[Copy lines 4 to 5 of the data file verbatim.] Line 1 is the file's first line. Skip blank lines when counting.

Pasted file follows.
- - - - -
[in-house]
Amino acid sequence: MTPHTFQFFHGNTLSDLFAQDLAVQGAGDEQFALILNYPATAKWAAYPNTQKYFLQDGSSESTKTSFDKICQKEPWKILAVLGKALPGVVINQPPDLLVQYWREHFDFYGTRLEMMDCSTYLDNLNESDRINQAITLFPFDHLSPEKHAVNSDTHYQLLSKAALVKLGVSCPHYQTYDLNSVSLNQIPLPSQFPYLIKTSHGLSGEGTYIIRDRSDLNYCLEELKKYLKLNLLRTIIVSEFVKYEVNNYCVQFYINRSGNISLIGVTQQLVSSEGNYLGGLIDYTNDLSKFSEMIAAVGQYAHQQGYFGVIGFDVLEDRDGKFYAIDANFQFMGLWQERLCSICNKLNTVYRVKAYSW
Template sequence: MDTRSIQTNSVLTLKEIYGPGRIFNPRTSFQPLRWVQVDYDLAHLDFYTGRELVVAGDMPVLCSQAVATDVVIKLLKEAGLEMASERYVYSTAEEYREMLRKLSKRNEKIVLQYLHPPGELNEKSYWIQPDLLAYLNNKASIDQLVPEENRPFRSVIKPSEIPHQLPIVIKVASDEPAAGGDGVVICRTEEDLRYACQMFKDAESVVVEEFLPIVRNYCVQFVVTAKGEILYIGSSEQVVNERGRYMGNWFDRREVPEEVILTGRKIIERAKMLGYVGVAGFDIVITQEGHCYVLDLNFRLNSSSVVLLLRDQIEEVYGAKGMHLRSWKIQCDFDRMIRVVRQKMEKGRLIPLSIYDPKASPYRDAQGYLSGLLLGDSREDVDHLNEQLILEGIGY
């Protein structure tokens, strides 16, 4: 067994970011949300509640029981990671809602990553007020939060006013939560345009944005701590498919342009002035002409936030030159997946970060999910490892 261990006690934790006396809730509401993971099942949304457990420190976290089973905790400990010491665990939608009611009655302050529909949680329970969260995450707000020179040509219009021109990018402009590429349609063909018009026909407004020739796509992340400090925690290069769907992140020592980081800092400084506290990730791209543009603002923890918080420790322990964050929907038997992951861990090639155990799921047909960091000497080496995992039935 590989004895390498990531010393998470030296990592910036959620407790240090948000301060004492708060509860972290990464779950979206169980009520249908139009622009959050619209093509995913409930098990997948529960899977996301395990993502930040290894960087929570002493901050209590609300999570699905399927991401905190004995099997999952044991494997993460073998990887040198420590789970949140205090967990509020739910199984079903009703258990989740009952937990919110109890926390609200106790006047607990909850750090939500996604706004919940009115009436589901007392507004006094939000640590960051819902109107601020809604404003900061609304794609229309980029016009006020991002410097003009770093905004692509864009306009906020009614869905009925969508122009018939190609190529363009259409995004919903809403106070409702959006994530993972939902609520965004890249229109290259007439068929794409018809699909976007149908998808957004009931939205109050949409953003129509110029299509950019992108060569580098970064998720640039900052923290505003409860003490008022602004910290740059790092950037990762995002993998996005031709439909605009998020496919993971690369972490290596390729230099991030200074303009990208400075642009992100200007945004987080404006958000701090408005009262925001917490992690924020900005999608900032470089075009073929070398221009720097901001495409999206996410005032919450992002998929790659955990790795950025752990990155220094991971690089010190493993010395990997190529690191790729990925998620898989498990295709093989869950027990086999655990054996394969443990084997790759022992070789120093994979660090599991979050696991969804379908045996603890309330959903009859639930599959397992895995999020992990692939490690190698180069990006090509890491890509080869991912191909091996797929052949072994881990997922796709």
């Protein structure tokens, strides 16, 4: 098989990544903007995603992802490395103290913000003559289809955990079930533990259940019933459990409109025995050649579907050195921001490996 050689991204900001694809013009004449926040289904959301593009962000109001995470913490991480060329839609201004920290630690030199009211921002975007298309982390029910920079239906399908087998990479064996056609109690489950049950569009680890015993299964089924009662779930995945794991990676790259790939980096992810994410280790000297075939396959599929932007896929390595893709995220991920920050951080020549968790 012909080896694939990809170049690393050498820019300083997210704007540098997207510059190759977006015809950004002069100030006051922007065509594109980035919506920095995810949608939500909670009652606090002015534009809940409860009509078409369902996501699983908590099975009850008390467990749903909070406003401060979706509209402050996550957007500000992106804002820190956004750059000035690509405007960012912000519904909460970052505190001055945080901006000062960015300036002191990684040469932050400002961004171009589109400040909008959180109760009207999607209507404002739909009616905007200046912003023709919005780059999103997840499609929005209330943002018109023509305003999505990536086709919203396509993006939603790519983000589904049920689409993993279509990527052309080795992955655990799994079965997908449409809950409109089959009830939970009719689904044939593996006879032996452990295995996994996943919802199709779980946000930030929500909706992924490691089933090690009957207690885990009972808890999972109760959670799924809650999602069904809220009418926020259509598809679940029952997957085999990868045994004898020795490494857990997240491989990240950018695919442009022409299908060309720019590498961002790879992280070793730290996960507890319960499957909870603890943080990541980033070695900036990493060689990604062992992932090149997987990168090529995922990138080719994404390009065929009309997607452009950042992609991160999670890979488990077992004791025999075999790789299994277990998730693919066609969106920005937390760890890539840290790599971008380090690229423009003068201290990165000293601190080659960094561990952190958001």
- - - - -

């Protein structure tokens, strides 16, 4: 067994970011949300509640029981990671809602990553007020939060006013939560345009944005701590498919342009002035002409936030030159997946970060999910490892 261990006690934790006396809730509401993971099942949304457990420190976290089973905790400990010491665990939608009611009655302050529909949680329970969260995450707000020179040509219009021109990018402009590429349609063909018009026909407004020739796509992340400090925690290069769907992140020592980081800092400084506290990730791209543009603002923890918080420790322990964050929907038997992951861990090639155990799921047909960091000497080496995992039935 590989004895390498990531010393998470030296990592910036959620407790240090948000301060004492708060509860972290990464779950979206169980009520249908139009622009959050619209093509995913409930098990997948529960899977996301395990993502930040290894960087929570002493901050209590609300999570699905399927991401905190004995099997999952044991494997993460073998990887040198420590789970949140205090967990509020739910199984079903009703258990989740009952937990919110109890926390609200106790006047607990909850750090939500996604706004919940009115009436589901007392507004006094939000640590960051819902109107601020809604404003900061609304794609229309980029016009006020991002410097003009770093905004692509864009306009906020009614869905009925969508122009018939190609190529363009259409995004919903809403106070409702959006994530993972939902609520965004890249229109290259007439068929794409018809699909976007149908998808957004009931939205109050949409953003129509110029299509950019992108060569580098970064998720640039900052923290505003409860003490008022602004910290740059790092950037990762995002993998996005031709439909605009998020496919993971690369972490290596390729230099991030200074303009990208400075642009992100200007945004987080404006958000701090408005009262925001917490992690924020900005999608900032470089075009073929070398221009720097901001495409999206996410005032919450992002998929790659955990790795950025752990990155220094991971690089010190493993010395990997190529690191790729990925998620898989498990295709093989869950027990086999655990054996394969443990084997790759022992070789120093994979660090599991979050696991969804379908045996603890309330959903009859639930599959397992895995999020992990692939490690190698180069990006090509890491890509080869991912191909091996797929052949072994881990997922796709």
């Protein structure tokens, strides 16, 4: 098989990544903007995603992802490395103290913000003559289809955990079930533990259940019933459990409109025995050649579907050195921001490996 050689991204900001694809013009004449926040289904959301593009962000109001995470913490991480060329839609201004920290630690030199009211921002975007298309982390029910920079239906399908087998990479064996056609109690489950049950569009680890015993299964089924009662779930995945794991990676790259790939980096992810994410280790000297075939396959599929932007896929390595893709995220991920920050951080020549968790 012909080896694939990809170049690393050498820019300083997210704007540098997207510059190759977006015809950004002069100030006051922007065509594109980035919506920095995810949608939500909670009652606090002015534009809940409860009509078409369902996501699983908590099975009850008390467990749903909070406003401060979706509209402050996550957007500000992106804002820190956004750059000035690509405007960012912000519904909460970052505190001055945080901006000062960015300036002191990684040469932050400002961004171009589109400040909008959180109760009207999607209507404002739909009616905007200046912003023709919005780059999103997840499609929005209330943002018109023509305003999505990536086709919203396509993006939603790519983000589904049920689409993993279509990527052309080795992955655990799994079965997908449409809950409109089959009830939970009719689904044939593996006879032996452990295995996994996943919802199709779980946000930030929500909706992924490691089933090690009957207690885990009972808890999972109760959670799924809650999602069904809220009418926020259509598809679940029952997957085999990868045994004898020795490494857990997240491989990240950018695919442009022409299908060309720019590498961002790879992280070793730290996960507890319960499957909870603890943080990541980033070695900036990493060689990604062992992932090149997987990168090529995922990138080719994404390009065929009309997607452009950042992609991160999670890979488990077992004791025999075999790789299994277990998730693919066609969106920005937390760890890539840290790599971008380090690229423009003068201290990165000293601190080659960094561990952190958001």